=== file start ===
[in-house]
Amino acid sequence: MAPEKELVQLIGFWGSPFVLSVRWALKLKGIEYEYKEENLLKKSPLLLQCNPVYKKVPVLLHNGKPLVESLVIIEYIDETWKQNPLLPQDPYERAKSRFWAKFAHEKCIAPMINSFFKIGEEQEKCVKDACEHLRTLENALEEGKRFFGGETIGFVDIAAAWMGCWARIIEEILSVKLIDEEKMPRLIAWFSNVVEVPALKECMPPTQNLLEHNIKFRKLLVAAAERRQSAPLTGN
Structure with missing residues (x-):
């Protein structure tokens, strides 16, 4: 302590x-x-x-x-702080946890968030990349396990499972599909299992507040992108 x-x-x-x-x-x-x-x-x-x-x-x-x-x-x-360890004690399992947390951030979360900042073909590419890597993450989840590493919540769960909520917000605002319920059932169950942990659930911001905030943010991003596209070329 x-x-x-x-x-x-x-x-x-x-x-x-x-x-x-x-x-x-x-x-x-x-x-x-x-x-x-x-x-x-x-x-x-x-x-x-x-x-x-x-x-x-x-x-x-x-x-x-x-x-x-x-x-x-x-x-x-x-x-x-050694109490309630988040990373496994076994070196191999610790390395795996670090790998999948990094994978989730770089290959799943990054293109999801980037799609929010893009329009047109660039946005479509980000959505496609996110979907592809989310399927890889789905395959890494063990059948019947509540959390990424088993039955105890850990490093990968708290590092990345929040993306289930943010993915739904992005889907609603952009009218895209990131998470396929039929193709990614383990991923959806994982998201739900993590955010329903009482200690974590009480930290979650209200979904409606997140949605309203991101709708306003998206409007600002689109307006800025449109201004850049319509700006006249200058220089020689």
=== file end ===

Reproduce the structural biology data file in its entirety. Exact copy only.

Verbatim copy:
[in-house]
Amino acid sequence: MAPEKELVQLIGFWGSPFVLSVRWALKLKGIEYEYKEENLLKKSPLLLQCNPVYKKVPVLLHNGKPLVESLVIIEYIDETWKQNPLLPQDPYERAKSRFWAKFAHEKCIAPMINSFFKIGEEQEKCVKDACEHLRTLENALEEGKRFFGGETIGFVDIAAAWMGCWARIIEEILSVKLIDEEKMPRLIAWFSNVVEVPALKECMPPTQNLLEHNIKFRKLLVAAAERRQSAPLTGN
Structure with missing residues (x-):
């Protein structure tokens, strides 16, 4: 302590x-x-x-x-702080946890968030990349396990499972599909299992507040992108 x-x-x-x-x-x-x-x-x-x-x-x-x-x-x-360890004690399992947390951030979360900042073909590419890597993450989840590493919540769960909520917000605002319920059932169950942990659930911001905030943010991003596209070329 x-x-x-x-x-x-x-x-x-x-x-x-x-x-x-x-x-x-x-x-x-x-x-x-x-x-x-x-x-x-x-x-x-x-x-x-x-x-x-x-x-x-x-x-x-x-x-x-x-x-x-x-x-x-x-x-x-x-x-x-050694109490309630988040990373496994076994070196191999610790390395795996670090790998999948990094994978989730770089290959799943990054293109999801980037799609929010893009329009047109660039946005479509980000959505496609996110979907592809989310399927890889789905395959890494063990059948019947509540959390990424088993039955105890850990490093990968708290590092990345929040993306289930943010993915739904992005889907609603952009009218895209990131998470396929039929193709990614383990991923959806994982998201739900993590955010329903009482200690974590009480930290979650209200979904409606997140949605309203991101709708306003998206409007600002689109307006800025449109201004850049319509700006006249200058220089020689």